Astronomy: The Orionid Meteor shower begins today and ends on the 25th. Peak will be on the 21st and 22nd. Look south in the predawn hours, however, the full moon will drown out most of it.
Right now, there are two foods which are plentiful and cheap at the farmers markets - cheaper still if you pick your own - apples and onions. And today is a good time to get started on two of my favorite spreads - apple butter and onion butter.
Most of you have probably come across APPLE BUTTER, either in the grocery store, or a specialty store which sells locally canned goods, or the church fair. This is a favorite recipe that I use:
Slice into eighths 3-1/2 pounds of cooking apples [as far as I can tell, they are all cooking apples]. Boil 2 quarts of cider for 15 minutes. Add apple slices and cook until very tender; strain mixture through a sieve [this removes the seeds and peel], and return pulp to the saucepan. Add 3 cups of sugar, 1 teaspoon of ground allspice, 1 teaspoon of ground cloves, 1 tablespoon of ground cinnamon, and 1/4 teaspoon of salt. Simmer slowly until thick, stirring frequently (you don't want it to burn). Pour into jars and seal.
Next, toast your bread, and spread it with the sweet, spicy treat. Or use it in APPLE BUTTER PIE:
Line a 9-inch pie pan with pastry. [This is a custard-type pie, much like pumpkin pie, and will rise as it bakes, so flute the edges high.]
In a large bowl, mix 1/2 cup of sugar with 3 tablespoons flour. Stir in 1/2 cup of apple butter and 2 tablespoons of melted [dairy] butter. In another bowl, beat 2 eggs with 1-1/2 cups of milk and 1 cup of cream. Pour it into apple butter mixture, beating as you do so.
Pour the whole mixture into your lined pie pan and sprinkle the top with about 1/2 teaspoon of ground nutmeg. Bake at 350 degrees for about an hour or until a knife inserted into the pie comes out clean. Cool pie.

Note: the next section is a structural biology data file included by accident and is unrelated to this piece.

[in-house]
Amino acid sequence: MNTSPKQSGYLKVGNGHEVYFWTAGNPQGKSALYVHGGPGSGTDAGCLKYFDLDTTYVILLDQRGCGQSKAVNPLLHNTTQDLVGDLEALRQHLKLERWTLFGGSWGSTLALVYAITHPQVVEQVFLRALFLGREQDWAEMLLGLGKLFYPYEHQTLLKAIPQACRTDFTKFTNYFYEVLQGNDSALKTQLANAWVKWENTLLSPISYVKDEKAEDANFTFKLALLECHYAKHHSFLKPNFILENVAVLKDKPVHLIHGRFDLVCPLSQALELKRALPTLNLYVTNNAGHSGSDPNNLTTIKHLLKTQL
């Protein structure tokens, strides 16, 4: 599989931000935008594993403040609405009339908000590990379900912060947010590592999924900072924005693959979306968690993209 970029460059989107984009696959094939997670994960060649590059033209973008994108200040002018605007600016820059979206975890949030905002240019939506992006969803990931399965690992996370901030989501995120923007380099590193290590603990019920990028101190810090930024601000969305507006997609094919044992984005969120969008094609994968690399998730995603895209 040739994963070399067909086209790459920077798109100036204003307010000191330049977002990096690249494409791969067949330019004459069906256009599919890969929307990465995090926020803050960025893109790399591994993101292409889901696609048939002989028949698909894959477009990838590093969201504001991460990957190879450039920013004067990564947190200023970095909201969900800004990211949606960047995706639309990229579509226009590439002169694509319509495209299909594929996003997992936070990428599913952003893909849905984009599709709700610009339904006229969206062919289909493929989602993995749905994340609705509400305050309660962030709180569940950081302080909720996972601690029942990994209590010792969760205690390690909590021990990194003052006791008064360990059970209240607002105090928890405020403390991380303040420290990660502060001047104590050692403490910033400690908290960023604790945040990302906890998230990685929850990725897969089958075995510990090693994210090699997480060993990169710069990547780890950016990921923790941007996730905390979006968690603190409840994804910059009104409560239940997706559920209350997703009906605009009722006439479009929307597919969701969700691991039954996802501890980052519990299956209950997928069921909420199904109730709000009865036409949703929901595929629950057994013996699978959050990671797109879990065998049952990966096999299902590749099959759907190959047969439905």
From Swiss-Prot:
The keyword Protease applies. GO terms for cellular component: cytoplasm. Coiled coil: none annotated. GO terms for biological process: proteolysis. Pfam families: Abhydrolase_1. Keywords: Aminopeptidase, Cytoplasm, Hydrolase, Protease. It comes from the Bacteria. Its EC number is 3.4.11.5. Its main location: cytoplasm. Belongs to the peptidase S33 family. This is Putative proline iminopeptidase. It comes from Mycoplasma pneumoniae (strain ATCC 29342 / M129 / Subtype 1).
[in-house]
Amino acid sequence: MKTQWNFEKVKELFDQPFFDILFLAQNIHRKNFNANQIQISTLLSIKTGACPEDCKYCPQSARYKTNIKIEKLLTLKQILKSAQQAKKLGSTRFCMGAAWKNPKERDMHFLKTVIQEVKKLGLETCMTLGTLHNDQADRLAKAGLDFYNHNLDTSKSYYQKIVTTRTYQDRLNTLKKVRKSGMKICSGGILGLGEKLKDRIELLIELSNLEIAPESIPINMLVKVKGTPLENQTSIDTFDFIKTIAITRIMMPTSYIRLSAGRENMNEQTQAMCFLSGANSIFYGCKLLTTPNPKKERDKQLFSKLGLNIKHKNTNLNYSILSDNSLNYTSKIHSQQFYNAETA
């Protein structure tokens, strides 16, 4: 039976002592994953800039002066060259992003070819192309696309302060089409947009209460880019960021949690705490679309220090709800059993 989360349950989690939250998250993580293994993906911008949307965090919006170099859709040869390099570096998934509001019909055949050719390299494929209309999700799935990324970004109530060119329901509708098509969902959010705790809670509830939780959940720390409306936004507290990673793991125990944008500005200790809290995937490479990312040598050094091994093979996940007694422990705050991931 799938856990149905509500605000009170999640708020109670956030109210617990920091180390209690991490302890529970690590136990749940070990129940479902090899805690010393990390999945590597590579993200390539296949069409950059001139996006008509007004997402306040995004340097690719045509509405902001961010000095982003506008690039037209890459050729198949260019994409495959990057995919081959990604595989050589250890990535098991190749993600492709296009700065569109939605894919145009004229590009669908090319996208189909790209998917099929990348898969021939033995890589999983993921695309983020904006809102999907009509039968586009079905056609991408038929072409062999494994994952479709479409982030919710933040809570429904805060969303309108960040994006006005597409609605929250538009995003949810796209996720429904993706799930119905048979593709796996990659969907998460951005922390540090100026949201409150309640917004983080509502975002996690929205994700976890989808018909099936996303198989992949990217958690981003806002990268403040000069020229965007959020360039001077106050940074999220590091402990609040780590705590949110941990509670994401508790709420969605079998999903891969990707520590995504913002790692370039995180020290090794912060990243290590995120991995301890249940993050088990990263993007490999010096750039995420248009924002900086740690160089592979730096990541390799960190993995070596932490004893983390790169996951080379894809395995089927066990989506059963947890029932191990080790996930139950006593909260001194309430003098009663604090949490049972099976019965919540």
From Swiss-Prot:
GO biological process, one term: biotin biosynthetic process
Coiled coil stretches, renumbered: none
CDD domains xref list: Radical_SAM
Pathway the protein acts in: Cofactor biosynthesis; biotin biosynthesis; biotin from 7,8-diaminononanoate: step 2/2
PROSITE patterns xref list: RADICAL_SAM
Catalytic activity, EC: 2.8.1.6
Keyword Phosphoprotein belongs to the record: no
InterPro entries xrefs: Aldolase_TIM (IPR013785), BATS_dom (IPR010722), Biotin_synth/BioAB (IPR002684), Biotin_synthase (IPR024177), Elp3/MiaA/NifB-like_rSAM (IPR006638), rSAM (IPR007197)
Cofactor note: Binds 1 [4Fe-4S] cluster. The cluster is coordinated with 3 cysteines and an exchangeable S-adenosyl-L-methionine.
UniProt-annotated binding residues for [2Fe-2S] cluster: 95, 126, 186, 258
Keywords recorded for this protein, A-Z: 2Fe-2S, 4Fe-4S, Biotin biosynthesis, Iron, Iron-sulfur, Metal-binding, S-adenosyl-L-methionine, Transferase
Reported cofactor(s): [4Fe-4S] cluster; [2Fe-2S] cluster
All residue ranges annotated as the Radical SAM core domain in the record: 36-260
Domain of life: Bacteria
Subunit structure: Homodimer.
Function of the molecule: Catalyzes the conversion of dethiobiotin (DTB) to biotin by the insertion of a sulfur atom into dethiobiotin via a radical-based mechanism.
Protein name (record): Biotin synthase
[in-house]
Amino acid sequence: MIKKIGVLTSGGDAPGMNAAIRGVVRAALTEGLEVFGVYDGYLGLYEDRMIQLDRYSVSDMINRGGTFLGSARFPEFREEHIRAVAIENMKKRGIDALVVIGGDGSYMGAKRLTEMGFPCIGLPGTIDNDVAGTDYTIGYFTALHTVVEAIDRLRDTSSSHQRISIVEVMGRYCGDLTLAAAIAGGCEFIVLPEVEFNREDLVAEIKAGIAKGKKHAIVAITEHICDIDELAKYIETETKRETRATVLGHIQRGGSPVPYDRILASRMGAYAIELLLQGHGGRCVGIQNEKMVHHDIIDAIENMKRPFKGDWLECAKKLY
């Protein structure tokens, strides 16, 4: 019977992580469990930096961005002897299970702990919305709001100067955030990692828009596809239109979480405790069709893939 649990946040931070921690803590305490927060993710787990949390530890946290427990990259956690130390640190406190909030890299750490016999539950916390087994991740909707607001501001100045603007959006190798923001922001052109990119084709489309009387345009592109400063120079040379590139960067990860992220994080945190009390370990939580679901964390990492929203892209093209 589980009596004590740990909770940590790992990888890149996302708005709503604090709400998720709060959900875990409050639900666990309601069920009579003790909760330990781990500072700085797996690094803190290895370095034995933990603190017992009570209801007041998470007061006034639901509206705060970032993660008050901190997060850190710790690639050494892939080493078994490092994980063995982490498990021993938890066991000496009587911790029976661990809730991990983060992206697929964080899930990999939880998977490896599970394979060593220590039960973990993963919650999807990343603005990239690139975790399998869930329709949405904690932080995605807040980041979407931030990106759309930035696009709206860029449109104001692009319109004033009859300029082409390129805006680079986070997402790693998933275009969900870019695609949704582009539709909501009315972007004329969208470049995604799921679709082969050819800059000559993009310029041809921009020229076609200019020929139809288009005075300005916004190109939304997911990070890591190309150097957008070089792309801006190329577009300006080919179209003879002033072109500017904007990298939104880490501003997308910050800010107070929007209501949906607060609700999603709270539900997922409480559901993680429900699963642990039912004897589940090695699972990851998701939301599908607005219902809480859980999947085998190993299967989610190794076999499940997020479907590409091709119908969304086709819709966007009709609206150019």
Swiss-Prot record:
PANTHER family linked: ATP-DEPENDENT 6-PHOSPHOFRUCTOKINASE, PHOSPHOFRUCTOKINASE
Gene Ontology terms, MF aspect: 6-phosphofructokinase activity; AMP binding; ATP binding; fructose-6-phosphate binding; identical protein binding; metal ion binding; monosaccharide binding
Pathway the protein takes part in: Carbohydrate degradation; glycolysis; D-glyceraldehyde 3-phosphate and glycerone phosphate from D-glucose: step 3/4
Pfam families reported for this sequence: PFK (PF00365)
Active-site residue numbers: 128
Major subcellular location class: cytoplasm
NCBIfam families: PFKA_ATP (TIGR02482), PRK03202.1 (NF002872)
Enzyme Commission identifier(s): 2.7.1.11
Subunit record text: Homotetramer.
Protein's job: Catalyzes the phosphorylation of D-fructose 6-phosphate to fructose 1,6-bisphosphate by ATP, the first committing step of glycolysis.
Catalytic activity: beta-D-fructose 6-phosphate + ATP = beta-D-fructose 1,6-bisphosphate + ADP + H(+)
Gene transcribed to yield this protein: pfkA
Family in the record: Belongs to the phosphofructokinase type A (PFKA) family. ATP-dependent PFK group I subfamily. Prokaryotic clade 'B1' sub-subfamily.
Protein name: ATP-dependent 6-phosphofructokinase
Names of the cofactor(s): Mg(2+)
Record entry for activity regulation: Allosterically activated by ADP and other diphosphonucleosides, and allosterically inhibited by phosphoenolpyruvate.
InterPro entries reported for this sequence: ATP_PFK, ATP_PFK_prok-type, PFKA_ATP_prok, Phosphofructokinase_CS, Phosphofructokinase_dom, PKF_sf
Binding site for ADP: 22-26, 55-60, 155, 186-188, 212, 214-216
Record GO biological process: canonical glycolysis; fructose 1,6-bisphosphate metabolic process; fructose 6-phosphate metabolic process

ONION BUTTER is even easier to make, and sweeter than you would expect. It is good on toast, on crackers, on oatmeal [yes, really!], on vegetables...
No, this isn't Onion 'flavored' butter, with bits of onion or onion juice stirred into dairy butter, although those are good too (especially a plug melting on a newly grilled steak!) This is a spread made with onions, and nothing but the onions.
Peel 3 to 5 pounds of onions. [I use yellow onions; I can get huge 10 and 15 pound sacks of them for a few dollars - 10 yellow onions are about 3 pounds. Big, flat, sweet onions are also good. I've never tried using red onions]
Slice the onions into quarters and place in a large, heavy pot; barely cover the onions with water. Bring to a boil; reduce heat; cover and simmer for a long time - aka about 24 hours. [No use trying to hurry things along, at least not with this recipe. Since I don't leave ANYTHING burning when I am not there to watch it, I turn off the stove burner when I go to bed and start it up again the next day.]
Periodically check the mixture - you might need to add a little water. I give it a stir each time, just to make sure nothing is burning on the bottom. Once everything is cooked down, you will end up with a pint or two of a brown, lumpy mass; use your favorite method to make it smooth - hand-held or electrical mixer/beater, food processor, whatever. [I stir it and then use a potato masher to break up the lumps. Arm power may not be Food Channel worthy, but it gets the job done].
Some people like to add a little salt to taste at this point. Once that is done, simmer until all of the excess liquid is gone. Keep an eye on this, because the liquid can evaporate before you know it, and you will be left with a burned mess.
It is ready to eat, now. Warm onion butter on toast - heaven!
Once it is cooled sufficiently, I put it in a small crock, a small bowl, even a plastic container, and store it, covered, in the refrigerator. It doesn't last long.
Of course you can go all fancy and roast the onions with a drizzle of olive oil before dumping them in a pot with melted butter, and using a food processor to make a smooth paste. That seems like a lot of work to me, but go ahead, be creative.